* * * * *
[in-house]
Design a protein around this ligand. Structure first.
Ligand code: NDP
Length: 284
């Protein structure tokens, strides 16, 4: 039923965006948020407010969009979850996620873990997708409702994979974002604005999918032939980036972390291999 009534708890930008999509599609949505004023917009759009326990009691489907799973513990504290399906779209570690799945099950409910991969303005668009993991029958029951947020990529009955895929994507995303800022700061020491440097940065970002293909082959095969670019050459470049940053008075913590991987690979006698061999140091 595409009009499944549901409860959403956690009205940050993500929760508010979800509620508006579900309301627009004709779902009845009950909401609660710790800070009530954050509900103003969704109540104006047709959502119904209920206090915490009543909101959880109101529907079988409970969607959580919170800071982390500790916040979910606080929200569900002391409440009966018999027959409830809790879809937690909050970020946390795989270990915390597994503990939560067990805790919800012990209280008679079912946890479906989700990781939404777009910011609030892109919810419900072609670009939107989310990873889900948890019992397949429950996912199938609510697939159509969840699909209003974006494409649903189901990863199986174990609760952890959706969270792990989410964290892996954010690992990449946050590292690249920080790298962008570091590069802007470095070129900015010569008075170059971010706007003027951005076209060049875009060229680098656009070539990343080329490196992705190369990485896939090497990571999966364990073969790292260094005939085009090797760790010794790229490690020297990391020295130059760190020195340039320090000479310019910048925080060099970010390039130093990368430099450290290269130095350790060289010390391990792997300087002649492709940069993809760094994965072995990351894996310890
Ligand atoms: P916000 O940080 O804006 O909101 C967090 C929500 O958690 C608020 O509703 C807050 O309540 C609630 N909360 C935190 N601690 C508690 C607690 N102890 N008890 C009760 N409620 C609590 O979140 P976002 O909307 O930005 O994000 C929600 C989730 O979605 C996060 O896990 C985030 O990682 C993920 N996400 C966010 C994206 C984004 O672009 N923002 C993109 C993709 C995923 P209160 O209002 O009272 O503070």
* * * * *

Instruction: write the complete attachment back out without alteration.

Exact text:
[in-house]
Design a protein around this ligand. Structure first.
Ligand code: NDP
Length: 284
């Protein structure tokens, strides 16, 4: 039923965006948020407010969009979850996620873990997708409702994979974002604005999918032939980036972390291999 009534708890930008999509599609949505004023917009759009326990009691489907799973513990504290399906779209570690799945099950409910991969303005668009993991029958029951947020990529009955895929994507995303800022700061020491440097940065970002293909082959095969670019050459470049940053008075913590991987690979006698061999140091 595409009009499944549901409860959403956690009205940050993500929760508010979800509620508006579900309301627009004709779902009845009950909401609660710790800070009530954050509900103003969704109540104006047709959502119904209920206090915490009543909101959880109101529907079988409970969607959580919170800071982390500790916040979910606080929200569900002391409440009966018999027959409830809790879809937690909050970020946390795989270990915390597994503990939560067990805790919800012990209280008679079912946890479906989700990781939404777009910011609030892109919810419900072609670009939107989310990873889900948890019992397949429950996912199938609510697939159509969840699909209003974006494409649903189901990863199986174990609760952890959706969270792990989410964290892996954010690992990449946050590292690249920080790298962008570091590069802007470095070129900015010569008075170059971010706007003027951005076209060049875009060229680098656009070539990343080329490196992705190369990485896939090497990571999966364990073969790292260094005939085009090797760790010794790229490690020297990391020295130059760190020195340039320090000479310019910048925080060099970010390039130093990368430099450290290269130095350790060289010390391990792997300087002649492709940069993809760094994965072995990351894996310890
Ligand atoms: P916000 O940080 O804006 O909101 C967090 C929500 O958690 C608020 O509703 C807050 O309540 C609630 N909360 C935190 N601690 C508690 C607690 N102890 N008890 C009760 N409620 C609590 O979140 P976002 O909307 O930005 O994000 C929600 C989730 O979605 C996060 O896990 C985030 O990682 C993920 N996400 C966010 C994206 C984004 O672009 N923002 C993109 C993709 C995923 P209160 O209002 O009272 O503070």